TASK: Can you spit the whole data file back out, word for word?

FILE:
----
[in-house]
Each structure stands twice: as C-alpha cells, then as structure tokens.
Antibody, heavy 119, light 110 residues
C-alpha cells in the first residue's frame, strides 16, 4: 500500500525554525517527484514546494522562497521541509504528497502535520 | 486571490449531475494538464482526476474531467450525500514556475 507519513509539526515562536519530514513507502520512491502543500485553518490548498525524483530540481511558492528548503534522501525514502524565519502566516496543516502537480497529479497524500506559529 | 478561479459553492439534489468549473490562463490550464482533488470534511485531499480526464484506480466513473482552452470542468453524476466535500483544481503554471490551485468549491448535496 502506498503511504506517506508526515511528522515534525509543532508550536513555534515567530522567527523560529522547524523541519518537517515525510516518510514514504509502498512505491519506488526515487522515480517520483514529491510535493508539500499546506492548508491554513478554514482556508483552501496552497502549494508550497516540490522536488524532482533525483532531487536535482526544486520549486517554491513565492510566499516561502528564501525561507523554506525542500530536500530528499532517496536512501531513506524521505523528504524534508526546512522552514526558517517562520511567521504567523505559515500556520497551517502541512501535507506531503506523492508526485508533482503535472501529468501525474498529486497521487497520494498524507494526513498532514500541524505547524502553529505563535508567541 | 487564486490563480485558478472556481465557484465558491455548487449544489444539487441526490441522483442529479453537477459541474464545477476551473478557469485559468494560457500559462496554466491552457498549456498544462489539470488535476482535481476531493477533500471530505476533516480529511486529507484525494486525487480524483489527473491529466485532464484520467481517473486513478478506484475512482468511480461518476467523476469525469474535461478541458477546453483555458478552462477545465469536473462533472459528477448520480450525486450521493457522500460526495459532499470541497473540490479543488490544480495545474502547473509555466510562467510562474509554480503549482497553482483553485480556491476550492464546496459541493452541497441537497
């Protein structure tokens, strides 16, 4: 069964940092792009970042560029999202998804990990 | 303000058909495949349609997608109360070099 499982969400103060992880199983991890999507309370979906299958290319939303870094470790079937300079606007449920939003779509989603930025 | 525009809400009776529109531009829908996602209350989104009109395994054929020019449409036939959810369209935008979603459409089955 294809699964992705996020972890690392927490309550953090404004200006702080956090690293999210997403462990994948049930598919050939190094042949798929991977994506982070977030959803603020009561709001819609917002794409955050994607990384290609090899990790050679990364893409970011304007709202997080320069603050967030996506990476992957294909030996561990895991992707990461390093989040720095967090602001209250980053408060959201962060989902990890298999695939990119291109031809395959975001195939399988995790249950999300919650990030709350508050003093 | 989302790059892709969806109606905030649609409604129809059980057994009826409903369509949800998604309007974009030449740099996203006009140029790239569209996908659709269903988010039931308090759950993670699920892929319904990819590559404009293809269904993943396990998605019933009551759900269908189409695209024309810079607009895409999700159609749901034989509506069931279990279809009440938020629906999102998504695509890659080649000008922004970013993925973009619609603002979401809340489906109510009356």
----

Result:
[in-house]
Each structure stands twice: as C-alpha cells, then as structure tokens.
Antibody, heavy 119, light 110 residues
C-alpha cells in the first residue's frame, strides 16, 4: 500500500525554525517527484514546494522562497521541509504528497502535520 | 486571490449531475494538464482526476474531467450525500514556475 507519513509539526515562536519530514513507502520512491502543500485553518490548498525524483530540481511558492528548503534522501525514502524565519502566516496543516502537480497529479497524500506559529 | 478561479459553492439534489468549473490562463490550464482533488470534511485531499480526464484506480466513473482552452470542468453524476466535500483544481503554471490551485468549491448535496 502506498503511504506517506508526515511528522515534525509543532508550536513555534515567530522567527523560529522547524523541519518537517515525510516518510514514504509502498512505491519506488526515487522515480517520483514529491510535493508539500499546506492548508491554513478554514482556508483552501496552497502549494508550497516540490522536488524532482533525483532531487536535482526544486520549486517554491513565492510566499516561502528564501525561507523554506525542500530536500530528499532517496536512501531513506524521505523528504524534508526546512522552514526558517517562520511567521504567523505559515500556520497551517502541512501535507506531503506523492508526485508533482503535472501529468501525474498529486497521487497520494498524507494526513498532514500541524505547524502553529505563535508567541 | 487564486490563480485558478472556481465557484465558491455548487449544489444539487441526490441522483442529479453537477459541474464545477476551473478557469485559468494560457500559462496554466491552457498549456498544462489539470488535476482535481476531493477533500471530505476533516480529511486529507484525494486525487480524483489527473491529466485532464484520467481517473486513478478506484475512482468511480461518476467523476469525469474535461478541458477546453483555458478552462477545465469536473462533472459528477448520480450525486450521493457522500460526495459532499470541497473540490479543488490544480495545474502547473509555466510562467510562474509554480503549482497553482483553485480556491476550492464546496459541493452541497441537497
């Protein structure tokens, strides 16, 4: 069964940092792009970042560029999202998804990990 | 303000058909495949349609997608109360070099 499982969400103060992880199983991890999507309370979906299958290319939303870094470790079937300079606007449920939003779509989603930025 | 525009809400009776529109531009829908996602209350989104009109395994054929020019449409036939959810369209935008979603459409089955 294809699964992705996020972890690392927490309550953090404004200006702080956090690293999210997403462990994948049930598919050939190094042949798929991977994506982070977030959803603020009561709001819609917002794409955050994607990384290609090899990790050679990364893409970011304007709202997080320069603050967030996506990476992957294909030996561990895991992707990461390093989040720095967090602001209250980053408060959201962060989902990890298999695939990119291109031809395959975001195939399988995790249950999300919650990030709350508050003093 | 989302790059892709969806109606905030649609409604129809059980057994009826409903369509949800998604309007974009030449740099996203006009140029790239569209996908659709269903988010039931308090759950993670699920892929319904990819590559404009293809269904993943396990998605019933009551759900269908189409695209024309810079607009895409999700159609749901034989509506069931279990279809009440938020629906999102998504695509890659080649000008922004970013993925973009619609603002979401809340489906109510009356």